There are those on the right who have said that Game Change is a partisan smear. At the same time, some on the left may have gone into the program expecting a SNL-style “look-how-dumb-Palin-is” work of predictable affirmation. But while hit jobs and hagiographies might make for effective 30-second political ads, they can’t sustain a two-hour block of television. Game Change, by contrast, is a gripping (though by no means perfect) two-hour block of television. But the term “block of television” does not necessarily carry the same connotations as “TV movie.” The distinction here is important. Game Change’s central thesis is not a political point about either John McCain or Sarah Palin as candidates (what could a TV movie possibly say that’s new or urgent in this respect?), but is instead a lamentation about how our political landscape is determined (on all sides of the ideological spectrum) by the media cycles of Celebrity 2.0. HBO has been preoccupied for quite some time by the major chapters in American history, rolling out expensive and impressive miniseries detailing the canonical moments that Americans learned about during their primary education: whether it be The Revolutionary War and the stories of the Founding Fathers (John Adams (2008)), WWII (Band of Brothers (2001) and The Pacific (2010)), or man’s journey to the moon (From the Earth to the Moon). However, HBO’s original programming has also taken microscopic examinations of recent, not-so-canonized history with smaller-scale projects like Recount (2008), Too Big to Fail (2011), and, of […]

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When HBO wanted to create an adaptation of the best-selling book “Game Change,” about the 2008 presidential race between John McCain and Barack Obama, they picked up the phone and called Jay Roach – the director behind Austin Powers and The Fockers who also delivered them the television movie Recount. Now, Roach has covered, semi-fictionally, politics in 2000 and in 2008. Slog through the dialogue between Woody Harrelson as Steve Schmidt (the Republican strategist) and Ed Harris as McCain, and you’ll be rewarded briefly with who will inevitably be the real star of the show, Julianne Moore slingin’ a down home twang as Sarah Palin. The question is this: with so much going on socially and economically, are we really interested in going back in time to examine a reality television star?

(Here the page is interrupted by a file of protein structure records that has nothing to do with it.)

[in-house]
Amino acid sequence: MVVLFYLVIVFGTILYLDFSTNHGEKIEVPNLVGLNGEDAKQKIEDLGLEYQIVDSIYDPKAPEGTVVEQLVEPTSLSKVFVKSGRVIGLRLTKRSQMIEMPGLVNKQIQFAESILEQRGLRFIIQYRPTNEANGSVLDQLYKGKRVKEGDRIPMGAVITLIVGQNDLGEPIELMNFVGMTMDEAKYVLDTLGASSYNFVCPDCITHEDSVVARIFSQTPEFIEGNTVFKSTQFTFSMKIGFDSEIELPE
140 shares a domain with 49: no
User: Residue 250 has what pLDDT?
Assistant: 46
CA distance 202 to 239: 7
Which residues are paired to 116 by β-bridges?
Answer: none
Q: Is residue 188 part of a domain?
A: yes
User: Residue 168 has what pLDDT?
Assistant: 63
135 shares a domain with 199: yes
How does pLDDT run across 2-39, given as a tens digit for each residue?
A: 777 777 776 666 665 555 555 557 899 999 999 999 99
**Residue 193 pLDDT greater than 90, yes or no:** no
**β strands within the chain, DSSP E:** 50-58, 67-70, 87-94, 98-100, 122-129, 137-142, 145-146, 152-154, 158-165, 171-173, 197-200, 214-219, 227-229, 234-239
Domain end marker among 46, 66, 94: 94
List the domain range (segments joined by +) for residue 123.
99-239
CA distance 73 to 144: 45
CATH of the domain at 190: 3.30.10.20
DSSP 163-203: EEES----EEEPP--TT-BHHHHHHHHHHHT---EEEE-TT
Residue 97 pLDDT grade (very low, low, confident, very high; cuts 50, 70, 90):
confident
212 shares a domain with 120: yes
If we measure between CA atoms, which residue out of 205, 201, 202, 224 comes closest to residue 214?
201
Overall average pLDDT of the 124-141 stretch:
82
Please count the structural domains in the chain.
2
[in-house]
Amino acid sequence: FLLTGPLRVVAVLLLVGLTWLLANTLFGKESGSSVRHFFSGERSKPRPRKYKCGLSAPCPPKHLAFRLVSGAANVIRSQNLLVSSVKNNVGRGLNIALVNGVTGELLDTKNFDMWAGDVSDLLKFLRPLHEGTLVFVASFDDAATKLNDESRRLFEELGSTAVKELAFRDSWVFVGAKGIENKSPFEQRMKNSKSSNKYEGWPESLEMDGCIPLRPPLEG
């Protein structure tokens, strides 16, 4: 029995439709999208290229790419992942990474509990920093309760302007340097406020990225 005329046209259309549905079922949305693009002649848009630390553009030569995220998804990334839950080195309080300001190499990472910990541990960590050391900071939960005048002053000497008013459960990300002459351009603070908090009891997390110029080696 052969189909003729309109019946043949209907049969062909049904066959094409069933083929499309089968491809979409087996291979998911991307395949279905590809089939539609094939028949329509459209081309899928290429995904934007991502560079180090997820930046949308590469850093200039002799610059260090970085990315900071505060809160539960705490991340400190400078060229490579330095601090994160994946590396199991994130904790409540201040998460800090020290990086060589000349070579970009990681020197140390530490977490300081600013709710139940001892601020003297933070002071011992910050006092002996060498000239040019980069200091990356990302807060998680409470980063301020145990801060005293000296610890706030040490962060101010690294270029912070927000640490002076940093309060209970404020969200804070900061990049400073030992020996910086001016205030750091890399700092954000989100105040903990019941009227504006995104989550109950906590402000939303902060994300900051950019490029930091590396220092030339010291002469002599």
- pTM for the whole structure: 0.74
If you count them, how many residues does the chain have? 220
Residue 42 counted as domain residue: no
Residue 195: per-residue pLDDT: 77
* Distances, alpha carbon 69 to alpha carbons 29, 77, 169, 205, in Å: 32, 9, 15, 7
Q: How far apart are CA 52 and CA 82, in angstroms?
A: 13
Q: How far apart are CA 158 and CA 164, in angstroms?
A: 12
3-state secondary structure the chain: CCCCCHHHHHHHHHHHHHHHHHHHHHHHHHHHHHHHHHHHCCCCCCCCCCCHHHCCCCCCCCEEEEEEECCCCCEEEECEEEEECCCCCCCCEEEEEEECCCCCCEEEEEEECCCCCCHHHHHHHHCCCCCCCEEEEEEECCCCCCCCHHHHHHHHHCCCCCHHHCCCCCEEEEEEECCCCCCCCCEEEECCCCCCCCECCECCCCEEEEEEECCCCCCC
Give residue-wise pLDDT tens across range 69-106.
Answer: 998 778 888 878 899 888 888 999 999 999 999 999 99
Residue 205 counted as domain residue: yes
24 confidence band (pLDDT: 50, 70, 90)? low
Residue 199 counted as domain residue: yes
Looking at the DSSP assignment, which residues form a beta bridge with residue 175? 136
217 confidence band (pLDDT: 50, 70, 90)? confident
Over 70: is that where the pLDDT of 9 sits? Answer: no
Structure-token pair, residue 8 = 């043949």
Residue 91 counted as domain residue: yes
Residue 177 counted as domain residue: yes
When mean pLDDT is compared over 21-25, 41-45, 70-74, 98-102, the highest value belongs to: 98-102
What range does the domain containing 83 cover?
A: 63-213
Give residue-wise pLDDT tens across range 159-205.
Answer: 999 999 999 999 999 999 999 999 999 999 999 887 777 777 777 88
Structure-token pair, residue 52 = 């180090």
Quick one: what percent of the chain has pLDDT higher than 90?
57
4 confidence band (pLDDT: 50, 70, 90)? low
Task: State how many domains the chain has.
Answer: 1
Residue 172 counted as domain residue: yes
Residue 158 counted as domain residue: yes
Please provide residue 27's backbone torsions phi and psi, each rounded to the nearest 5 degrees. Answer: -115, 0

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It feels like Dan Aykroyd hasn’t been around for a while, but that’s only because I refused to see Yogi Bear, barely noticed him as the Vice President in War, Inc. and refused (again) to see  I Now Pronounce You Chuck and Larry. So he hasn’t been retired or anything, but it’s sure felt like it. Nevertheless, he’ll be coming out of that non-retirement for Dog Fight, the political comedy starring Will Ferrell and Zach Galifianakis as two South Carolinians who have their sights on the presidency. According to Movie Hole, the Oscar nominated actor is on board, but the role isn’t specified. Hopefully this won’t further delay that certain, ghost-bustin’ sequel Aykroyd has been steadily working on. I’m speaking, of course, about My Stepmother is an Alien 2. The capable Jay Roach is directing a script from Chris Henchy (The Other Guys, and producer of many, many other movies) and Shawn Harwell (Eastbound and Down). Smash all that together, and it feels like reason for mild excitement.